Richard Norris Pic_thumbSince March I have been working with colleagues in the Academy of Government to explore new ideas in health and social care. While I am already listening to people working in services, and linking up with academics, I want to use this blog to explain the purpose of my work, and give you the chance to let me know what you think.

Things are changing in the way we deliver health and social care services in Scotland. We are at the start of a new era. No one believes that going on as we are is a credible option.

This country is bringing the delivery of health and social care together for the first time. New technologies are increasingly available. Whilst it is good that people are living longer, we face the demographic changes of an ageing population. Service users and communities across Scotland rightly want to have more say. And rising demand, rising costs and pressures on Government finances means money is stretched. All this has created a need for rapid change and the prospect of a health and social care system that will be completely transformed in 10 to 15 years time.

These developments will present tremendous opportunities for improving care and utilising new technologies to provide cutting edge treatment, but will also present challenges about how to prioritise and make best use of limited resources.

Through my work at Healthcare Improvement Scotland, it is clear our organisation is in a unique position to support policy makers, communities and the services themselves. We have a wealth of knowledge and intelligence from our work with stakeholders across a broad spectrum of health and social care, bringing together the areas of improvement support, evidence, assurance and public involvement.

That is why I am currently working with the University of Edinburgh’s Academy of Government on an initiative to provide the evidence on which we can base our plans for the future of health and social care in Scotland. I will be bringing together academics, researchers, people working in services, community representatives and policy makers to develop policy ideas to inform and influence public policy in Scotland.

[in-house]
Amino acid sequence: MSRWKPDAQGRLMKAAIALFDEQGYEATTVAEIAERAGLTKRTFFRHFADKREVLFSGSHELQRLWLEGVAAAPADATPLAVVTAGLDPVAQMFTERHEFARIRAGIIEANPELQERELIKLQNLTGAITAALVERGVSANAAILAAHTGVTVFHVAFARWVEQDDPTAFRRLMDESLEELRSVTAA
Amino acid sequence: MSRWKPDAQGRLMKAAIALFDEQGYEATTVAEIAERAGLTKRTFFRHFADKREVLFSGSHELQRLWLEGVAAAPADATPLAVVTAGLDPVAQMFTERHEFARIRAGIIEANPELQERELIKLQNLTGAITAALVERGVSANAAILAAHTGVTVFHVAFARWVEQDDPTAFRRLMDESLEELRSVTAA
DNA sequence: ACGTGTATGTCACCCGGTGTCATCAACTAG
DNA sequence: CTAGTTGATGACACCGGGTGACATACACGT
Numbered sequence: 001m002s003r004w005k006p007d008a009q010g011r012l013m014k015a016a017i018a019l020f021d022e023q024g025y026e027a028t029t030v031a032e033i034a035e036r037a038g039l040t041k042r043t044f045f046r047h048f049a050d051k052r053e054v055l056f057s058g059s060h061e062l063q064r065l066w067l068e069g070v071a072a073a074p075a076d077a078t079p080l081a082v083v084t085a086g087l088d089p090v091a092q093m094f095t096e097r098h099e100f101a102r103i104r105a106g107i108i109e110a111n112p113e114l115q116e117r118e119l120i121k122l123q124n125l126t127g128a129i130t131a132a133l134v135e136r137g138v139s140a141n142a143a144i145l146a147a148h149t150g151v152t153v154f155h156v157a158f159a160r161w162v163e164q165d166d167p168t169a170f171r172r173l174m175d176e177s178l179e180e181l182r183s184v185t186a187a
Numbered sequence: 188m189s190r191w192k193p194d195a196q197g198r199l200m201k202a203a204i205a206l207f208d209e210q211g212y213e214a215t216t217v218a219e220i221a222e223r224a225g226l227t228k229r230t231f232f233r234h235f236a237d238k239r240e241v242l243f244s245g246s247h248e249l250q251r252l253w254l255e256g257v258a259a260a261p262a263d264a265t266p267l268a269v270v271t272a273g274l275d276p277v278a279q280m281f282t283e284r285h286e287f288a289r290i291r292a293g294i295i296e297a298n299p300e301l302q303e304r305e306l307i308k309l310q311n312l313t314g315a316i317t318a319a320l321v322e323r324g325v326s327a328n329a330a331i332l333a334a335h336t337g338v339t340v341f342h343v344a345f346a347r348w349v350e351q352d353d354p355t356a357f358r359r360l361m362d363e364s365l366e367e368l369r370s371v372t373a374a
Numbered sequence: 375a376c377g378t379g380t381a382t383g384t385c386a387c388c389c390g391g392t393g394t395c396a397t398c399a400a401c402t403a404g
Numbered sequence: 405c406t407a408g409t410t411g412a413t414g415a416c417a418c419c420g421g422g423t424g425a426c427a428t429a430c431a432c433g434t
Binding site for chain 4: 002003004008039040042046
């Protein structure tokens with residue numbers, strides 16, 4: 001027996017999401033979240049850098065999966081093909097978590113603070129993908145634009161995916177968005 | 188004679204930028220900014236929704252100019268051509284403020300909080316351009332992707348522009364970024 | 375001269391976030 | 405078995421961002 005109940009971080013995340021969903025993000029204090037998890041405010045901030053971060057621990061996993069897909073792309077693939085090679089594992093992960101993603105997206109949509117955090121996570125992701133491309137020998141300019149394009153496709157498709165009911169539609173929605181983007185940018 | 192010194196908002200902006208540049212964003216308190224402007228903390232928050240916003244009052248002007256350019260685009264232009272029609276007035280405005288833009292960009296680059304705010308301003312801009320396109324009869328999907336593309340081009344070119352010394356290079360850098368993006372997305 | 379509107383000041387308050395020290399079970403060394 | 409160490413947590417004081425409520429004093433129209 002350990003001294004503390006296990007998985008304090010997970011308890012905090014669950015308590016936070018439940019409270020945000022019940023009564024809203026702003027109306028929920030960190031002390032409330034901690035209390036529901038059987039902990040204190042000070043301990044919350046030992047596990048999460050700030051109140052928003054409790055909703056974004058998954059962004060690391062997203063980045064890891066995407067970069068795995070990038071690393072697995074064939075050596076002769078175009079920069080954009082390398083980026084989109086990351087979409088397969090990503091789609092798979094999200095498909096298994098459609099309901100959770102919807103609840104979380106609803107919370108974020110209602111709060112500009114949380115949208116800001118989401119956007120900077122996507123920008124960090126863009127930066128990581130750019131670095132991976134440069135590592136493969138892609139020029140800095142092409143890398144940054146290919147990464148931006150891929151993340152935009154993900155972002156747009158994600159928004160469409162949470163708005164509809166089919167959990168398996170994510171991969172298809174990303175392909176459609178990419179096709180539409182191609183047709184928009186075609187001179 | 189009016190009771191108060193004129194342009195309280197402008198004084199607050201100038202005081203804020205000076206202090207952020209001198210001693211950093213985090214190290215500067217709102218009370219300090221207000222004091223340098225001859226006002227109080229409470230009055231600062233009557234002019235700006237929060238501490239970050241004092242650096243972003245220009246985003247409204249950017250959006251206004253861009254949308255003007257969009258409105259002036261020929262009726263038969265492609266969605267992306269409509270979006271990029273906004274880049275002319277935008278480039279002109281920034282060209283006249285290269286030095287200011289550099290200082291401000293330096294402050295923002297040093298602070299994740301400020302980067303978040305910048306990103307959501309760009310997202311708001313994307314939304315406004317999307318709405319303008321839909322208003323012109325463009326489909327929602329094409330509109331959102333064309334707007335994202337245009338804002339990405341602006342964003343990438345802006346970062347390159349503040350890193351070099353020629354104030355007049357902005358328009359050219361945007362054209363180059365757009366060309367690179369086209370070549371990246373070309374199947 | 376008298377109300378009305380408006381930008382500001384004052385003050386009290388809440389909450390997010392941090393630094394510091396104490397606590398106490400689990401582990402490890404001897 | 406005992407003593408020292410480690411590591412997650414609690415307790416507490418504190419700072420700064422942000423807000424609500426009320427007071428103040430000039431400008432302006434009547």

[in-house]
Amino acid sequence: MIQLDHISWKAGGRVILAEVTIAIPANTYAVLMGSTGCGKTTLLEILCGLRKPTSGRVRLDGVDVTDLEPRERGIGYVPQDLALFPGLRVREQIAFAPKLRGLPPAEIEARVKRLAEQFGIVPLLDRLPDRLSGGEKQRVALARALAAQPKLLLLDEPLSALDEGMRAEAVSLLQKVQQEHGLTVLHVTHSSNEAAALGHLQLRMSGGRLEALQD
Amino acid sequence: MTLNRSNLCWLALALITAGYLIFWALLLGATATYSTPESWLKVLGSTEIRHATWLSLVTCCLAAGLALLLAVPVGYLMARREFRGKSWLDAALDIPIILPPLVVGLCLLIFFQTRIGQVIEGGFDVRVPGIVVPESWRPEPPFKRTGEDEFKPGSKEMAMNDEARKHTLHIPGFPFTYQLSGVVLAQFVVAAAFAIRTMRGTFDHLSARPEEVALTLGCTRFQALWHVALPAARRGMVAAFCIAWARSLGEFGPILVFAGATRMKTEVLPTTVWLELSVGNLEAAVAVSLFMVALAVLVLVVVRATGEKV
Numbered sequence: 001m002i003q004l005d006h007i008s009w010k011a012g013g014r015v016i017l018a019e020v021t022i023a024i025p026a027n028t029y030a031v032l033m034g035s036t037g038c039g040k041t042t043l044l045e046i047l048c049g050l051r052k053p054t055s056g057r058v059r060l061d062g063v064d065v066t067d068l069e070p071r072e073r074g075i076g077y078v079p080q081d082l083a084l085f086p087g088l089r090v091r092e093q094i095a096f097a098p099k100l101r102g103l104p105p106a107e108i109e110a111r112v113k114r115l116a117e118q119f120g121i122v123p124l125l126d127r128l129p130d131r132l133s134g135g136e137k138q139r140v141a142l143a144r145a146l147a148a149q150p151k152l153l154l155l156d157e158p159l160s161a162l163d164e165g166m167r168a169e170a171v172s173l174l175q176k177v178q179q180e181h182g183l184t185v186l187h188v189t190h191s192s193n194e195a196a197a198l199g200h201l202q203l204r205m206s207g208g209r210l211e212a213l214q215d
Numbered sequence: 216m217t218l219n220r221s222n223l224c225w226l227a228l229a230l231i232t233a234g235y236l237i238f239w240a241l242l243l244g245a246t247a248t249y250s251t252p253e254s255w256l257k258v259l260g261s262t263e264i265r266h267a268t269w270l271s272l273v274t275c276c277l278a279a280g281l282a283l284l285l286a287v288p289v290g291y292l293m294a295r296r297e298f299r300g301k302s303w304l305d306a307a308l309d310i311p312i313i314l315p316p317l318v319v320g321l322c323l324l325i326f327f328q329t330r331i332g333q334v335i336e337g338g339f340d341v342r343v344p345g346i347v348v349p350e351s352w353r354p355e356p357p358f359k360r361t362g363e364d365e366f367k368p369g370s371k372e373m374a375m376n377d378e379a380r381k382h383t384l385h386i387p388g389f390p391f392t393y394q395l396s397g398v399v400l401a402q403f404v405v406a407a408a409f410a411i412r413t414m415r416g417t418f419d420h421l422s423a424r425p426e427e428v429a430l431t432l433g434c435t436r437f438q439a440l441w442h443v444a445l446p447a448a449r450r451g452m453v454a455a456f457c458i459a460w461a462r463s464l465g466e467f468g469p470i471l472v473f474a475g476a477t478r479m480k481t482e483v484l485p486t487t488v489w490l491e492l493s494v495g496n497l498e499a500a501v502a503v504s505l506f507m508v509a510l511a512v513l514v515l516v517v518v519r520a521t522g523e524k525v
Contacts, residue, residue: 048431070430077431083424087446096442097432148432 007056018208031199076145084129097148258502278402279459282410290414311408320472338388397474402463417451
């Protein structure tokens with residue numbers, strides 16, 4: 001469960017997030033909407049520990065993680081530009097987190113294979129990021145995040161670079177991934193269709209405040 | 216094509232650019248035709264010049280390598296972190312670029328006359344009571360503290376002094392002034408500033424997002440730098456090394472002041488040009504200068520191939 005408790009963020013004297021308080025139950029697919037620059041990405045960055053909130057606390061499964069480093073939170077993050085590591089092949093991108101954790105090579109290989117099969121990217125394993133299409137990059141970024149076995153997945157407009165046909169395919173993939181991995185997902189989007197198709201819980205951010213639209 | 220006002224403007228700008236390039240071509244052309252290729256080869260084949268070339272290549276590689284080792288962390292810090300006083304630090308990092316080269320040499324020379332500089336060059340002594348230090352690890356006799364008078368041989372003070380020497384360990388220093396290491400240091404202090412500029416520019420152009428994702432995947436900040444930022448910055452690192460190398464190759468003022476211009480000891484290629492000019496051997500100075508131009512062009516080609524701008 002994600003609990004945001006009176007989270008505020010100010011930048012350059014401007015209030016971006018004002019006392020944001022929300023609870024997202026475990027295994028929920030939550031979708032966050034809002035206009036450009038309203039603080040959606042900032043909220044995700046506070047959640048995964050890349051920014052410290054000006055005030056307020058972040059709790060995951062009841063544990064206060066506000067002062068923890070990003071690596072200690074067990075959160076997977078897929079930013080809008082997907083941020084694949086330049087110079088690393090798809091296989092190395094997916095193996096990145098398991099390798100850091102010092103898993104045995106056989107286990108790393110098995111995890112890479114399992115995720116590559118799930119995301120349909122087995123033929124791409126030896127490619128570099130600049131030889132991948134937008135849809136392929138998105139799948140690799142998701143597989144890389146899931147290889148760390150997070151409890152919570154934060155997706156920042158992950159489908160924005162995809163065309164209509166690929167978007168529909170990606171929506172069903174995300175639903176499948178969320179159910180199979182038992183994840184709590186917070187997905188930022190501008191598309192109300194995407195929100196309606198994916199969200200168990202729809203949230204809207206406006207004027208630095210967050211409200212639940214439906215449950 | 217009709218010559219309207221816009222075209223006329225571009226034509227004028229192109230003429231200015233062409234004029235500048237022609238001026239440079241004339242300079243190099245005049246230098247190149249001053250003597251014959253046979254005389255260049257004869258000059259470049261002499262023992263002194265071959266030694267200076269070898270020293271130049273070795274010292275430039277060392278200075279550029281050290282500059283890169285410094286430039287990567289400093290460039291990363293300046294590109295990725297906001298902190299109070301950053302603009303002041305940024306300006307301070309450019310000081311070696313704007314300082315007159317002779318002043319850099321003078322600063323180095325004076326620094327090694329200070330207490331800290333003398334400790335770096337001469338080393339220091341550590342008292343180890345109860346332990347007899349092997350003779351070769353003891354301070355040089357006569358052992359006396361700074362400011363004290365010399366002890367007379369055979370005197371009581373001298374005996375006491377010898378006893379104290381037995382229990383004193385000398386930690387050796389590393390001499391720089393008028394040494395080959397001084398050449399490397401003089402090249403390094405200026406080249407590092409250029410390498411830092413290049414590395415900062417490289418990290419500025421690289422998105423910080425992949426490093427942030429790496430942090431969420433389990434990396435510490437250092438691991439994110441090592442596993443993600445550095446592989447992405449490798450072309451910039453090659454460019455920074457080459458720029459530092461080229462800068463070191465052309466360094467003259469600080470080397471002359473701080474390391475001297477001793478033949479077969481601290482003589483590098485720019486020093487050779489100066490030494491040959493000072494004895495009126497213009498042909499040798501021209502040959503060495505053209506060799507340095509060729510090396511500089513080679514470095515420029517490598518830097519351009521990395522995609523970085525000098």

The themes I am looking at include:

  • the likely impact of emerging technologies, future policy direction and financial resources on the delivery of health and social care services
  • the most effective ways to ensure that user voices, and citizen voices, are heard distinctively and fairly, particularly when they deliver different contrasting messages
  • how decision making structures can gain the confidence of local communities, professionals, providers and other stakeholders, and
  • the rise in interest in participatory and deliberative approaches to involving citizens and how these can be balanced with the need for effective decision making

The changes that are coming to health and social care in Scotland are not specific to Scotland; all health and social care systems are undergoing similar transformations, and I will be keen learn how all parts of the NHS in the UK and beyond are approaching these issues. I will be blogging at regular intervals throughout the next year on these topics, featuring the thoughts and ideas that I encounter. Some will no doubt will be controversial. One of my chief concerns is how do we have a vibrant policy discussion in Scotland that is not confined to ‘experts’, captured by special interests, or limited by any political constraints. If you have any ideas or suggestions, please drop me a line!

 

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